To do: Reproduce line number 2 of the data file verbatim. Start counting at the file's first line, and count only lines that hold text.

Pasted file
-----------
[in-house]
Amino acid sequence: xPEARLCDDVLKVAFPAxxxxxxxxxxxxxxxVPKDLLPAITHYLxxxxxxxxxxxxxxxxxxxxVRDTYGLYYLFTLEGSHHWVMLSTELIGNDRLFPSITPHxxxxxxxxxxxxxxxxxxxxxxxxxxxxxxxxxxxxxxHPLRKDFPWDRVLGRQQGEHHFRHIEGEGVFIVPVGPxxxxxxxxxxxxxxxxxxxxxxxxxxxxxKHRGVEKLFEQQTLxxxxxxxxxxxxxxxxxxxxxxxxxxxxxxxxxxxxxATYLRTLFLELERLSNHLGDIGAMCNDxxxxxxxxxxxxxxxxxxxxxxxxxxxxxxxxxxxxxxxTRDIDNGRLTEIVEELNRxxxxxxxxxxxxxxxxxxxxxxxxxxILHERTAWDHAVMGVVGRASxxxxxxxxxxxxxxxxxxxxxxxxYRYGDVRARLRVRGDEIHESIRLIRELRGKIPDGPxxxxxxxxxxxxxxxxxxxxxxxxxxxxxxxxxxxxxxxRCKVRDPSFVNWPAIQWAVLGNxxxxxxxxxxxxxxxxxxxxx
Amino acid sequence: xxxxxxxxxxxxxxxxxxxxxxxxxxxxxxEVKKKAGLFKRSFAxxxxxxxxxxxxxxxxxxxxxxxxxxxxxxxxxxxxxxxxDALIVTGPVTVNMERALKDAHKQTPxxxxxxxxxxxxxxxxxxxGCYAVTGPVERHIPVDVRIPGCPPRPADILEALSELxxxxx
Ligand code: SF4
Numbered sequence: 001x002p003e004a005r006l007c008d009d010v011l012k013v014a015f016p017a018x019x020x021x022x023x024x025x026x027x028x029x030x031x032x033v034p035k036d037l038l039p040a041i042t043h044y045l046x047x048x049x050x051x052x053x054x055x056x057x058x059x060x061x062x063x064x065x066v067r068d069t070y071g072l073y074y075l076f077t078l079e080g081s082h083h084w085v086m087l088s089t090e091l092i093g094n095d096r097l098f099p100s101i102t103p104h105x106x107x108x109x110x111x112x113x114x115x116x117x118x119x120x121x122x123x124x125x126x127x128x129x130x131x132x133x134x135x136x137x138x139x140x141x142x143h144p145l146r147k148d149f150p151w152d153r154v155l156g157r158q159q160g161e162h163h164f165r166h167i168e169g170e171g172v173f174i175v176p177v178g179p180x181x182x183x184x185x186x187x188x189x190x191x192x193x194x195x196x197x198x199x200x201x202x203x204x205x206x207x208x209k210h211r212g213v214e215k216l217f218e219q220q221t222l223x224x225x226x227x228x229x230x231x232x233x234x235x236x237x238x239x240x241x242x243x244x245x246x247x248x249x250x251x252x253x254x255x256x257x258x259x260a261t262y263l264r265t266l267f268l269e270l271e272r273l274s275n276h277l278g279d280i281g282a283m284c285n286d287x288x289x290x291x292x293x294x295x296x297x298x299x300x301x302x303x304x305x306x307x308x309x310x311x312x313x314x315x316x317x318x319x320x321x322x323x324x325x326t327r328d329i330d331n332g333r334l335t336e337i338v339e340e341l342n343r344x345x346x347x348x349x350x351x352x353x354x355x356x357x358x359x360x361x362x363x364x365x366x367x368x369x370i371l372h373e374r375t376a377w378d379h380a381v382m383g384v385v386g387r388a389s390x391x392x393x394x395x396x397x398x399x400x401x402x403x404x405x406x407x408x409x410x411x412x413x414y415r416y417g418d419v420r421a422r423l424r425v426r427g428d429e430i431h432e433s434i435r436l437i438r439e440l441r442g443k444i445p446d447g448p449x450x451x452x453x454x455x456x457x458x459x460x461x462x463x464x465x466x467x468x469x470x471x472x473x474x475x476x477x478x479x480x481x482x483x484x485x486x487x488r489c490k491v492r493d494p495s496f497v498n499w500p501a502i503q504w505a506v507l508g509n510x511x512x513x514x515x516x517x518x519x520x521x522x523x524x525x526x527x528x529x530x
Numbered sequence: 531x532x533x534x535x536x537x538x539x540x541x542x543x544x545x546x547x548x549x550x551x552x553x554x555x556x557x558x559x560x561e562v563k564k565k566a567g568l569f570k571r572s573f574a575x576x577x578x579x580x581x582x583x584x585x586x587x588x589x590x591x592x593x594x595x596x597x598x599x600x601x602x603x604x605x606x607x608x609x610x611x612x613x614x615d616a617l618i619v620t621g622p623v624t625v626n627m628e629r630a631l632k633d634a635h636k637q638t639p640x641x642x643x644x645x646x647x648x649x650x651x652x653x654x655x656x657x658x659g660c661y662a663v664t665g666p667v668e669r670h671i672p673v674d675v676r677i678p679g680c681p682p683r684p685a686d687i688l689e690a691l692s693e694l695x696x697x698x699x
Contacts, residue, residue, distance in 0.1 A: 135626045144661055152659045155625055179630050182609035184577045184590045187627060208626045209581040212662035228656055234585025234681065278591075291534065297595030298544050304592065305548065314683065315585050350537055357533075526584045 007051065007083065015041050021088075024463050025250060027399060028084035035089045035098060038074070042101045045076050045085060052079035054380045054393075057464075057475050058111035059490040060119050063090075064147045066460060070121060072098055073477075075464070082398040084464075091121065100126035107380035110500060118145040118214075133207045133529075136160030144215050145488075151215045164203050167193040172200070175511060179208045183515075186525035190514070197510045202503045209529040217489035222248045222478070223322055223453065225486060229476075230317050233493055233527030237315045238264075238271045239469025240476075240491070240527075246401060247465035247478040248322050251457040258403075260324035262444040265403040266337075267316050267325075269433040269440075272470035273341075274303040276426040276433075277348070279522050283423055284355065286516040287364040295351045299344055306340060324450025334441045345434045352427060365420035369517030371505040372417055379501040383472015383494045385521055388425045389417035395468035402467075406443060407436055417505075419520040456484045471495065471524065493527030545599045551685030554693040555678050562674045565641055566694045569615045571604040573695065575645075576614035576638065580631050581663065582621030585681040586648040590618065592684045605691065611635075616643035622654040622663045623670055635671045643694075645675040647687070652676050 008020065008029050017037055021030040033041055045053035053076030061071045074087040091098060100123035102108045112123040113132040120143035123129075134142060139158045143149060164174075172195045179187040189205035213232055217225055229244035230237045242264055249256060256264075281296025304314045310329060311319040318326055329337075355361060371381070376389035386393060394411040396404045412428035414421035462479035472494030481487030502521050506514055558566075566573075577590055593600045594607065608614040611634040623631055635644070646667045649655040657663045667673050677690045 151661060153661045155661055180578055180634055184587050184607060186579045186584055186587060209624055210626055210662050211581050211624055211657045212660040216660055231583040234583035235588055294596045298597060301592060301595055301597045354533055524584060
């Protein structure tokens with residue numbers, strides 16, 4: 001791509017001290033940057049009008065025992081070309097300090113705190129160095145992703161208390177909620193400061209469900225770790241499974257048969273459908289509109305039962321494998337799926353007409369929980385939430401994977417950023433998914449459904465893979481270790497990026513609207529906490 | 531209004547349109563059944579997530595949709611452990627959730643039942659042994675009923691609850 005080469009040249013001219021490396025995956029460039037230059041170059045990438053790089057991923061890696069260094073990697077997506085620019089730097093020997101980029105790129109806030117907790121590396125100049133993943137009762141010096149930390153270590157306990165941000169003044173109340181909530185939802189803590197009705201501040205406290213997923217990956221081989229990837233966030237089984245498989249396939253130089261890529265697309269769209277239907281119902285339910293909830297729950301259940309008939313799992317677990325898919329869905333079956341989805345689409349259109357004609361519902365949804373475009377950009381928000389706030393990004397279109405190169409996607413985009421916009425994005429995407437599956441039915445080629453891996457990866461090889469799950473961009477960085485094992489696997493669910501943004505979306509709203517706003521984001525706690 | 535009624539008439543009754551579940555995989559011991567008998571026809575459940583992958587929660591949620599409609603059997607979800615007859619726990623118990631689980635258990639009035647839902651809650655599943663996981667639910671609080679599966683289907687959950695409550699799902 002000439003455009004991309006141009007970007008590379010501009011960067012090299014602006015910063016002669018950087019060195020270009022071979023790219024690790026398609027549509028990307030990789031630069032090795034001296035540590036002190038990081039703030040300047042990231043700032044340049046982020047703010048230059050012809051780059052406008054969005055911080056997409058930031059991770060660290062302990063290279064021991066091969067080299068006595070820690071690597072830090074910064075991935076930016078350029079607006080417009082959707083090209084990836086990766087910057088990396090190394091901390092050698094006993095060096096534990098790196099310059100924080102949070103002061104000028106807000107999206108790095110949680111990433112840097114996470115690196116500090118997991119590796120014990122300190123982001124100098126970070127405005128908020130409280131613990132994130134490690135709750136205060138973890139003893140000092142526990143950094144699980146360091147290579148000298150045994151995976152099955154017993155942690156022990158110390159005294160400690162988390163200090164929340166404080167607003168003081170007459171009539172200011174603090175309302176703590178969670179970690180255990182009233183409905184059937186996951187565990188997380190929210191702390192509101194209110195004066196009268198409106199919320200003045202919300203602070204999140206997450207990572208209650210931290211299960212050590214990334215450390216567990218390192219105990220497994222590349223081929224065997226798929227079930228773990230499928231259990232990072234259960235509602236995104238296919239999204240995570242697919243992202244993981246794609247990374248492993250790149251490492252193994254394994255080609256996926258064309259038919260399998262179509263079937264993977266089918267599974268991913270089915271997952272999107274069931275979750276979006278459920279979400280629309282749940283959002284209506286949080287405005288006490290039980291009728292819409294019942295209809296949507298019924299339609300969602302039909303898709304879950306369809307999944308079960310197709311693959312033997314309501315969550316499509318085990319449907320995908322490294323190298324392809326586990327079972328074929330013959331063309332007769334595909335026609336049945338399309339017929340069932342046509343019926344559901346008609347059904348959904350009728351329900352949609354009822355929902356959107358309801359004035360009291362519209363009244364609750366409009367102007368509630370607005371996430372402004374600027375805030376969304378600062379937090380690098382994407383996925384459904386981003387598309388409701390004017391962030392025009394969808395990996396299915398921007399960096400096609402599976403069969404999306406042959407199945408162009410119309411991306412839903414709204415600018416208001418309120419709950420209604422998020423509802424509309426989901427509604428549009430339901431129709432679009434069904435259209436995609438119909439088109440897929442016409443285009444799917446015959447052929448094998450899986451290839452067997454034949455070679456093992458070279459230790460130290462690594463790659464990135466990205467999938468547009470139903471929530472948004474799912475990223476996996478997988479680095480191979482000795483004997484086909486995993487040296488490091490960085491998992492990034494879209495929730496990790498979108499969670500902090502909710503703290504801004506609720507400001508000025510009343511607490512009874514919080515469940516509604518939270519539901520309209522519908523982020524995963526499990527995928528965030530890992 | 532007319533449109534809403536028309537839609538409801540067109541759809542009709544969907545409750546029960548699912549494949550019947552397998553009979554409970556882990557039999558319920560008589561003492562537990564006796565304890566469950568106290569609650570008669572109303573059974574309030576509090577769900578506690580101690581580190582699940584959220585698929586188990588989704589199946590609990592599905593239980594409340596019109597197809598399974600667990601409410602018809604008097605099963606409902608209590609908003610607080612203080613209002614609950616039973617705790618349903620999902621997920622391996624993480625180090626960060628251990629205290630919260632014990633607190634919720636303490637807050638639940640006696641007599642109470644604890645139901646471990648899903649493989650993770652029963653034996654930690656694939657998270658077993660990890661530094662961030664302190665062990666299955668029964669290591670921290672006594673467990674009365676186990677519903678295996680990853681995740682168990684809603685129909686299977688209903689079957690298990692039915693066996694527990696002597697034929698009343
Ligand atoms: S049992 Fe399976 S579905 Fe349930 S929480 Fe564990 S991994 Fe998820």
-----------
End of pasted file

Amino acid sequence: xPEARLCDDVLKVAFPAxxxxxxxxxxxxxxxVPKDLLPAITHYLxxxxxxxxxxxxxxxxxxxxVRDTYGLYYLFTLEGSHHWVMLSTELIGNDRLFPSITPHxxxxxxxxxxxxxxxxxxxxxxxxxxxxxxxxxxxxxxHPLRKDFPWDRVLGRQQGEHHFRHIEGEGVFIVPVGPxxxxxxxxxxxxxxxxxxxxxxxxxxxxxKHRGVEKLFEQQTLxxxxxxxxxxxxxxxxxxxxxxxxxxxxxxxxxxxxxATYLRTLFLELERLSNHLGDIGAMCNDxxxxxxxxxxxxxxxxxxxxxxxxxxxxxxxxxxxxxxxTRDIDNGRLTEIVEELNRxxxxxxxxxxxxxxxxxxxxxxxxxxILHERTAWDHAVMGVVGRASxxxxxxxxxxxxxxxxxxxxxxxxYRYGDVRARLRVRGDEIHESIRLIRELRGKIPDGPxxxxxxxxxxxxxxxxxxxxxxxxxxxxxxxxxxxxxxxRCKVRDPSFVNWPAIQWAVLGNxxxxxxxxxxxxxxxxxxxxx